I'll check for suitable trains.

Jun-29-11  LIFE Master AJ: Lewis - Dayton [C55] / It USA, 1942


Wednesday; June 29th, 2011.

This was the POTD ... it ends in such a nifty mate that I decided to annotate it.

1.e4 e5; 2.Nf3 Nc6; 3.Bc4 Nf6;

Black plays the well-known counter (to 3.Bc4,) which is known as ... "The Two Knight's Defense."


Its OK to castle here, but this may not give White much of an edge out of the opening phase of the game.

[There are many different ways for White to continue from here.

***** ***** ***** ***** *****
One way would be for White to play a type of (slow) Ruy Lopez formation: 4.d3 Be7; 5.0-0 d6; 6.c3 0-0; 7.Re1 Na5!; 8.Bb5 a6; 9.Ba4 b5; 10.Bc2 c5; 11.Nbd2 Nc6; 12.h3, " " (complex) when - according to one book that I have - White has a small edge in this position.

***** ***** ***** ***** *****

White can play the (much feared) "Max Lange Attack" with the moves: 4.d4 exd4; 5.0-0 Bc5; 6.e5 d5; 7.exf6 dxc4; 8.Re1+ Be6; 9.Ng5 Qd5; 10.Nc3 Qf5; 11.Nce4, "~" (∞) [ See MCO-15, page # 38; column # 13, and all notes. ]

White has good play, many engines really like White's position; however, theory slightly prefers Black here.

***** ***** ***** ***** *****

The play of: 4.Ng5, (hits f7) leads to extremely complex play. (This is the main line of the Two Knight's, see any good reference work for more information.) [MCO-15; page # 30.] ]


Some might want to award this move an exclamation point, however, I believe that this would be premature.

click for larger view

In my way of thinking, it is slightly dangerous for Black to open the e-file this early in the game.

[ Another idea was: 4...Bc5!?; when I feel that Black is OK. ]


This is - in my experience - a common error by White. (This inaccuracy already puts White behind the eight-ball.)

click for larger view

To be honest, in my earliest days of playing the Giuoco Piano, (which I played in tournament chess for over 30 years); I played this move myself, maybe even more than once!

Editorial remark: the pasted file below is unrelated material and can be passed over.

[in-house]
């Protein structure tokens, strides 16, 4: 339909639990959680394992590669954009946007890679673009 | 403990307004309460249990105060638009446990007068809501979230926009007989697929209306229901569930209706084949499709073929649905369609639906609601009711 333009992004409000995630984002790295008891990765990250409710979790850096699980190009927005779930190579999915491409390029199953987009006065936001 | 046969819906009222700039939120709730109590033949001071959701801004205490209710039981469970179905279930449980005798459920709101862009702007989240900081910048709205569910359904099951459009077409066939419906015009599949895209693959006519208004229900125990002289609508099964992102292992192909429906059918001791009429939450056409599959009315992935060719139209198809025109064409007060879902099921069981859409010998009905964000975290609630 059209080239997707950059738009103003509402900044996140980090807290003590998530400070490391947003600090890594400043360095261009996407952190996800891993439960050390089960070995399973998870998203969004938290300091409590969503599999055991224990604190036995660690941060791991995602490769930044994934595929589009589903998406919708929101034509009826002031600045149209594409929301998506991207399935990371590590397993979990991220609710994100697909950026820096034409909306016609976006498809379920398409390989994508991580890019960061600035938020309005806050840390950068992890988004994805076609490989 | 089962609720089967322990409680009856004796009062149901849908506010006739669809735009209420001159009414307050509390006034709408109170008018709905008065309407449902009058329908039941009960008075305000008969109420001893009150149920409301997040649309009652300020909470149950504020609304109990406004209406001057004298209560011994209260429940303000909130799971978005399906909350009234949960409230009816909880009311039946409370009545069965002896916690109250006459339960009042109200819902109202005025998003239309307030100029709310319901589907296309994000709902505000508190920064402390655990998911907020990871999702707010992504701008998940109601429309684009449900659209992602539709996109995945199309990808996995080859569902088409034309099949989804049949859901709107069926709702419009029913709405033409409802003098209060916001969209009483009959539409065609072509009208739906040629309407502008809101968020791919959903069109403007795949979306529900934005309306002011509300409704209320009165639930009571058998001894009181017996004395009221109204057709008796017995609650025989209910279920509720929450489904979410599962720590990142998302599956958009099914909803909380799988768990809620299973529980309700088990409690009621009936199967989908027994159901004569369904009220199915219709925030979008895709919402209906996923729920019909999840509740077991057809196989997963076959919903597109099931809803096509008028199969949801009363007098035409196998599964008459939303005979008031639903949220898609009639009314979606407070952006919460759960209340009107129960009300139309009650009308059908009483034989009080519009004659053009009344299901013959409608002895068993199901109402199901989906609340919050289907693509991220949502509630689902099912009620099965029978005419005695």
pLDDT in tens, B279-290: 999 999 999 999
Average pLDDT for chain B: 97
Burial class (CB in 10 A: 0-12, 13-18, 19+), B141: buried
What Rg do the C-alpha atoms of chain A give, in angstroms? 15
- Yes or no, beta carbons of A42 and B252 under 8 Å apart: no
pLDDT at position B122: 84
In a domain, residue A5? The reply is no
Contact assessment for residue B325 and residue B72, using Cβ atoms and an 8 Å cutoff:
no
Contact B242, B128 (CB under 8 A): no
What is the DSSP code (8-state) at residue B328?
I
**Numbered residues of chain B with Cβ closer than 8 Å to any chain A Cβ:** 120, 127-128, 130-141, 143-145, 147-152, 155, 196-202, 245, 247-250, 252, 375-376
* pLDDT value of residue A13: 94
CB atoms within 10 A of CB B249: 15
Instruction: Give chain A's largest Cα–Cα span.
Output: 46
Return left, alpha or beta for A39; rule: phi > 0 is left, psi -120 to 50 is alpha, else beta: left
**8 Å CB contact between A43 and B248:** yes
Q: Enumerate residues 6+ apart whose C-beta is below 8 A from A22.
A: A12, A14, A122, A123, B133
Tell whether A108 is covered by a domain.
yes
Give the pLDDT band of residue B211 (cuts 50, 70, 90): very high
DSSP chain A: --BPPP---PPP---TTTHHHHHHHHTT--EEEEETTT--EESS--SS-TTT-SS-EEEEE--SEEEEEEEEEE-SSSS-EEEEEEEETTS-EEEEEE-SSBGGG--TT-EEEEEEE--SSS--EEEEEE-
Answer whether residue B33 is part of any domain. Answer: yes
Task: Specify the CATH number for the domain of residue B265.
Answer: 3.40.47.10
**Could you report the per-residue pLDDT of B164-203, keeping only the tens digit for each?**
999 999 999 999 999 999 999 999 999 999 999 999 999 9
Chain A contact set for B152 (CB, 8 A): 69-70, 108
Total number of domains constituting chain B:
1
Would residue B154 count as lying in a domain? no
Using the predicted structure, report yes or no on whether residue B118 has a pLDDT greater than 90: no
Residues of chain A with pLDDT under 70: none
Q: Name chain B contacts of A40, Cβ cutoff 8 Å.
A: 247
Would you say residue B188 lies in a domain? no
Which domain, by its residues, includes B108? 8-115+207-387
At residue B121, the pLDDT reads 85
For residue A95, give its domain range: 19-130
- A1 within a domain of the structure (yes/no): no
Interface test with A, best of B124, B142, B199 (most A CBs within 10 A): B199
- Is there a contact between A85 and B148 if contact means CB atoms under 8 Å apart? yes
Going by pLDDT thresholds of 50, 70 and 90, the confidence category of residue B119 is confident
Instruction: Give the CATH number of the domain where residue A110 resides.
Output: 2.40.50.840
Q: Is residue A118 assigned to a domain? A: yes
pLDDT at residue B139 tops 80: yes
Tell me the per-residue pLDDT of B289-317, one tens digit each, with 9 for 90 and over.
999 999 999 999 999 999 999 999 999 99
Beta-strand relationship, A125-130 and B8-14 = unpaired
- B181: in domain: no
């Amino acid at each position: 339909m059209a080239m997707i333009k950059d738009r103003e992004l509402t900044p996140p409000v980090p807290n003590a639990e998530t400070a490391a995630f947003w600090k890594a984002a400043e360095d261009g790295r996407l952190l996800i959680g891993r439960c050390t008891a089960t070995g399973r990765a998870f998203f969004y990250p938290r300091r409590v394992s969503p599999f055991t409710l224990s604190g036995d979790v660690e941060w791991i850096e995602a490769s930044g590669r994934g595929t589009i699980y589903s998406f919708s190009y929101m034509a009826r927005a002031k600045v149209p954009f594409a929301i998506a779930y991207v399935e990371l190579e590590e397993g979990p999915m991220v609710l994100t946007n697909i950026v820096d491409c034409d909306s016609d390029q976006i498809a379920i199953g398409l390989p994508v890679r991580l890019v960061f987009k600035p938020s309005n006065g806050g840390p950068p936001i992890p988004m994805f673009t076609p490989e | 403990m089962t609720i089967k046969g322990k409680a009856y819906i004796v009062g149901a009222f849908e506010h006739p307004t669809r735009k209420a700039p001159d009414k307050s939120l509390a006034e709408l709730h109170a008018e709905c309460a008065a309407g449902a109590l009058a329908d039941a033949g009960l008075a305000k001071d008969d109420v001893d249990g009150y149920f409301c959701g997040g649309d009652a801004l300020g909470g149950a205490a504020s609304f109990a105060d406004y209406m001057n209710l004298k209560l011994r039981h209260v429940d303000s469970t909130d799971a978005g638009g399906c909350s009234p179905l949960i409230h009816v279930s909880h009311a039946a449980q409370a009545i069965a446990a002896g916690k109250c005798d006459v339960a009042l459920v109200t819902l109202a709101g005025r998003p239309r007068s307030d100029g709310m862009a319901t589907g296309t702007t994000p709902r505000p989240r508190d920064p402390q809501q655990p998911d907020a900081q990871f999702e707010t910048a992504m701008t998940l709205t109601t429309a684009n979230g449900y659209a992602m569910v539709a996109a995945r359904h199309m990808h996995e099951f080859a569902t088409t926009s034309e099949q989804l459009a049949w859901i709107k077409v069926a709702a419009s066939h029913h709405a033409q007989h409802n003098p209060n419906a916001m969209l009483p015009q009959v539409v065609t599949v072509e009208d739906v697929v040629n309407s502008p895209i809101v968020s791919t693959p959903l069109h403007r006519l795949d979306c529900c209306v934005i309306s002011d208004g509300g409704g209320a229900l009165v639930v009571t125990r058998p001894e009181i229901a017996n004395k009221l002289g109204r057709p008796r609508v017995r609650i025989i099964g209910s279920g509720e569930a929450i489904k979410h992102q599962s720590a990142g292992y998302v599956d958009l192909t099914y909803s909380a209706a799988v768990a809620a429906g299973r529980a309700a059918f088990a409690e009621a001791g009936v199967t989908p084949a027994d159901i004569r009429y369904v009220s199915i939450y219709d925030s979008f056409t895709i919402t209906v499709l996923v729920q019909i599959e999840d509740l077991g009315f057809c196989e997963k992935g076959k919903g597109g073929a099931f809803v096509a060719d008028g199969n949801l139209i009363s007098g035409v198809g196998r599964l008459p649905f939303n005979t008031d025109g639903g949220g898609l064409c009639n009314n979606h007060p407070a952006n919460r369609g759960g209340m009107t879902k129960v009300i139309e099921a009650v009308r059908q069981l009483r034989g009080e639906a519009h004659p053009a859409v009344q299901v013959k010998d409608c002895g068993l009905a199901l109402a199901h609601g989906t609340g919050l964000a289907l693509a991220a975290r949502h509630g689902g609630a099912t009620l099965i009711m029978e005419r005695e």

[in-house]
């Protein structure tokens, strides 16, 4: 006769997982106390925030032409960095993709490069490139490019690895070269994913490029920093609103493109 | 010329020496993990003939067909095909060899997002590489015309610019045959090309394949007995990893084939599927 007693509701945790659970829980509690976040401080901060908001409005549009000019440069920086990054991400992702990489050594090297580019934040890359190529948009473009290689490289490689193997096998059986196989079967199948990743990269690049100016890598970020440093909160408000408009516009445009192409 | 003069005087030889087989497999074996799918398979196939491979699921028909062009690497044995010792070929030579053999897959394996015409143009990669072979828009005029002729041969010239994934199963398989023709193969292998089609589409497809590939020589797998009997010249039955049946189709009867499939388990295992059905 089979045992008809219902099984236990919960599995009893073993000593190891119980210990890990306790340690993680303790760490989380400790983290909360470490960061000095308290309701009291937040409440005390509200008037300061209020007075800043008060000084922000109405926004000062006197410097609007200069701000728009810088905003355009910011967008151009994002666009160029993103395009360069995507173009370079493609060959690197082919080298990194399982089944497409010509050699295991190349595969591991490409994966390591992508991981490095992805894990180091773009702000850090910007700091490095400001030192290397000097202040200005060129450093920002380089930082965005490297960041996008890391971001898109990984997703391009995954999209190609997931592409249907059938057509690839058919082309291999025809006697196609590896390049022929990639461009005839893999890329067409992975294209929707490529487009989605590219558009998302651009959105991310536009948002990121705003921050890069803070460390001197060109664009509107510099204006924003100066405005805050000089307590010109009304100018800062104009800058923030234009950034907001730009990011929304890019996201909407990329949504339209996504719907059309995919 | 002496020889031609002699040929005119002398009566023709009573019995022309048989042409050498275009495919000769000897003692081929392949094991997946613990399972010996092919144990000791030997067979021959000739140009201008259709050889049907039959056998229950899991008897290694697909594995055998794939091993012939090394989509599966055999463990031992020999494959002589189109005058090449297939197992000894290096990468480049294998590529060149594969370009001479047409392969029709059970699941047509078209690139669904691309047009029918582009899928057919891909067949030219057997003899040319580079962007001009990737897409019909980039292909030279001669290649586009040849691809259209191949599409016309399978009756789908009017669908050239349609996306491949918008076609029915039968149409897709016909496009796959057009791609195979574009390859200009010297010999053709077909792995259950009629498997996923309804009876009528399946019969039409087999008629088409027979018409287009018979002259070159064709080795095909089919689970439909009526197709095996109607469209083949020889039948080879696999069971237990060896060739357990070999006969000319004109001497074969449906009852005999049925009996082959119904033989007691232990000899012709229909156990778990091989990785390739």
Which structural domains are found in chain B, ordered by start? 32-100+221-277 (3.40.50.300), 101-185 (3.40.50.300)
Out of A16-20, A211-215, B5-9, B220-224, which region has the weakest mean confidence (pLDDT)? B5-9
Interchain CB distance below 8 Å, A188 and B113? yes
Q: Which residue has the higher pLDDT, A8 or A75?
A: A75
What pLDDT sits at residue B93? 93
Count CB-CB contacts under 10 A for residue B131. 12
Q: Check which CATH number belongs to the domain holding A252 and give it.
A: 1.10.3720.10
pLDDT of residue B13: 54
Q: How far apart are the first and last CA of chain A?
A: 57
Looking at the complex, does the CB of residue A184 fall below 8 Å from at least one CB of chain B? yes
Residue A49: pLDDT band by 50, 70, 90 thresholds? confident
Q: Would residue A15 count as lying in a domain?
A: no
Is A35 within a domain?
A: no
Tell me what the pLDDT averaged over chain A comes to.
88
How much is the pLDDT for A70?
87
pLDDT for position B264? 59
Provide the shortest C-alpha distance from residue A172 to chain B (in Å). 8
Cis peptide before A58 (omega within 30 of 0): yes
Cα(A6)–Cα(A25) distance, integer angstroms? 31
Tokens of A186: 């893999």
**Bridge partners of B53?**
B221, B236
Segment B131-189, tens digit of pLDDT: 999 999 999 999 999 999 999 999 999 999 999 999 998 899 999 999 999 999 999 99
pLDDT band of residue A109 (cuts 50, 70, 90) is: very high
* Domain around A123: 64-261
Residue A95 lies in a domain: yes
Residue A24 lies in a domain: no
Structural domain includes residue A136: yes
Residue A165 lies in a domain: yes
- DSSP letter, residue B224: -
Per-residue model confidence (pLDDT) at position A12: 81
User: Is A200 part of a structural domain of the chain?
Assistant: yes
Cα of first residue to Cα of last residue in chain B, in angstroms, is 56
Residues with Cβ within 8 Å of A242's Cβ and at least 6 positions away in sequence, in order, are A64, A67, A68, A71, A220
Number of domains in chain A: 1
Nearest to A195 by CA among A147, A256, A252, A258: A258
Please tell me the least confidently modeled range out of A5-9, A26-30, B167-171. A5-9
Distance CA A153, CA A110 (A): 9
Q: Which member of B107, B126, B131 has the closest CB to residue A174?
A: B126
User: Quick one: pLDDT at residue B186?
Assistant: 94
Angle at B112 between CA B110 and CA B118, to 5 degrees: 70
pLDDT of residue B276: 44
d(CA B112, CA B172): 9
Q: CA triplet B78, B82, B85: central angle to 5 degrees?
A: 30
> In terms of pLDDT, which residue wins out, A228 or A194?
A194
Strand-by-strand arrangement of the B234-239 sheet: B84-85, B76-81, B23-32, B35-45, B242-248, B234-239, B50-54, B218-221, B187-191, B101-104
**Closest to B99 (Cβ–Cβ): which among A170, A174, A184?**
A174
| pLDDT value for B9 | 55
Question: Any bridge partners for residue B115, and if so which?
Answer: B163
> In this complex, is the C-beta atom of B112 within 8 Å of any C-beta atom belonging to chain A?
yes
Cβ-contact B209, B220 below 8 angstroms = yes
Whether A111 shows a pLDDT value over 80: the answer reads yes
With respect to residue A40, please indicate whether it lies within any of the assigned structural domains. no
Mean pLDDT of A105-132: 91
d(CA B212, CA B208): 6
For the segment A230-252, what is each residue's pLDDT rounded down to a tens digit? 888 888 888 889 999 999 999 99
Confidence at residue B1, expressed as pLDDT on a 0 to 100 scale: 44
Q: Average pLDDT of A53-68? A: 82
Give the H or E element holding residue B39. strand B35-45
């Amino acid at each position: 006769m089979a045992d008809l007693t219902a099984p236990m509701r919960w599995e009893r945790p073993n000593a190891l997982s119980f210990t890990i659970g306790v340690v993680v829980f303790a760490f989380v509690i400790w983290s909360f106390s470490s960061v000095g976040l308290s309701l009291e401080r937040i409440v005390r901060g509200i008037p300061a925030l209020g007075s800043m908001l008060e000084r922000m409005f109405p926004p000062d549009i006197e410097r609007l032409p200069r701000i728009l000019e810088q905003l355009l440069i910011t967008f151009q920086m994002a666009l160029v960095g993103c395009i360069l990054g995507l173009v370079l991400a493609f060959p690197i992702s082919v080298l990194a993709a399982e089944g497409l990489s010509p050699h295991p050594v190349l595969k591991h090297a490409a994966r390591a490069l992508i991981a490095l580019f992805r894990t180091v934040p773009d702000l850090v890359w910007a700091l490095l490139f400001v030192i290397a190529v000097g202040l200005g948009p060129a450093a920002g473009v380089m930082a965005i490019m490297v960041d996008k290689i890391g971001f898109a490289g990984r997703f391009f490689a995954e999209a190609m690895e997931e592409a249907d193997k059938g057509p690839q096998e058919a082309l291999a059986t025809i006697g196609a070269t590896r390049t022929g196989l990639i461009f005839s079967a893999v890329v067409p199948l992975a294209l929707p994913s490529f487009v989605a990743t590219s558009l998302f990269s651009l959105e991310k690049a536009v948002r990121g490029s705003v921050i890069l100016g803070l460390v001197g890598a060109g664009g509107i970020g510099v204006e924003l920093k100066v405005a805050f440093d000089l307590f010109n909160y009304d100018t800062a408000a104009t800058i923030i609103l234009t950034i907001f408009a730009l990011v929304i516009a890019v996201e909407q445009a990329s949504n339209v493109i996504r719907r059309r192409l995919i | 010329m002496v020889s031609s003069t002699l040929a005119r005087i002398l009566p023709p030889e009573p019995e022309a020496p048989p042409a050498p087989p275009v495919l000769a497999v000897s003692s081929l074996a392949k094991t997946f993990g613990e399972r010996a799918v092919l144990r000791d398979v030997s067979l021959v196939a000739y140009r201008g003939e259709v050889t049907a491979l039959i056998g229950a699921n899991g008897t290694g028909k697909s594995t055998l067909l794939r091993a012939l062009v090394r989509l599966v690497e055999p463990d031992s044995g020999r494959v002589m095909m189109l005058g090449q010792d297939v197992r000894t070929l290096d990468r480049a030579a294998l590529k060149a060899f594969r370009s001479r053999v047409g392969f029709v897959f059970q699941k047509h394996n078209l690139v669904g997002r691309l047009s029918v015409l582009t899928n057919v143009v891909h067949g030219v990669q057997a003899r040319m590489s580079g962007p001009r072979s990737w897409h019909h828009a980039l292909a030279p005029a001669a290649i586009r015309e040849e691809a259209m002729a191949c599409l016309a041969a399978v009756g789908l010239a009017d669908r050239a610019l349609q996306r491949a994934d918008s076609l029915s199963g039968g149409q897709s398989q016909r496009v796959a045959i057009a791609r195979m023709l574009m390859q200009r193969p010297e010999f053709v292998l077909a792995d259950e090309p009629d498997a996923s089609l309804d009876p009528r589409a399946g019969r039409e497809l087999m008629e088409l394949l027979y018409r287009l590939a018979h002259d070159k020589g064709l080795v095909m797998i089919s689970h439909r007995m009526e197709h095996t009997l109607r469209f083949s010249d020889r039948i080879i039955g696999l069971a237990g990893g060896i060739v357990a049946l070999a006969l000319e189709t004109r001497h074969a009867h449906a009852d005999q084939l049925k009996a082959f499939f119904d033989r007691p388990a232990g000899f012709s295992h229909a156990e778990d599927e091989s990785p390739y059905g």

[ There were TWO lines that would have represented a huge improvement over the game.

Line # 1.)
>/= 5.d4! exd4; Simple and good. (Black could also essay: 5...d5!?; an attempt to take the initiative.) 6.Re1, "=" with an unclear position that computer analysis shows should eventually end in an equal position.

(Or) Line # 2.)
5.Nc3! Nxc3; 6.dxc3, "comp" transposing to a position - where White is known to have good play for the sacrificed Pawn. ]

5...d5!; (Center!)

This move should not be hard for a good player to find, Black hits key squares, and even gains a tempo off the WB on c4.


After this passive move, White's position already goes critical.

[ White should have played: >/= 6.Bb5 Bc5; 7.d4 exd4; but Black retains a solid edge. ]

Now Black plays two fairly natural attacking moves.

6...Bc5!; 7.d4 Nxd4!;

This "looks/feels" dangerous, but is actually correct. (The try 7...exd4!?; may at first glance look more natural, but allows 8.BxPd5, when White does gain a measure of counterplay.)

8.Nxe5 Qf6!?;

This is a very aggressive move, however, the box shows that it cuts Black's edge in half. (Although it may still win for the second player.)

[ Best was: >/= 8...Nxb3!; - Fritz 12. ]

Jun-29-11  LIFE Master AJ: 9.Bxd5?, (Maybe - '??')

This is a nice try, ... ... ... but White is now playing with fire.

[ Several different engines agree that White had to play the following continuation: >/= 9.Nd3[] Nxb3; 10.axb3 Bxf2+; 11.Nxf2 Qxf2+; 12.Kh1 0-0!; when Black is two Pawns ahead. ]

9...Qxf2+; 10.Kh1,

After White placing his King in the corner - we have reached the position for today's POTD.

click for larger view

10...Qg1+!!; 11.Kxg1[],

White must play this way ... or be instantly mated.

[ Worse was: 11.Rxg1?? Nf2#. ]

11...Ne2+; (double-check)

Now White has no choice but to move his King here.

12.Kf1T, ("Box.")

Once more - White had to play this move.

[ Not 12.Kh1? Nf2#. ]

12...N4g3+!; 13.hxg3 Nxg3#.

This is as pretty as a check-mate as you might ever see.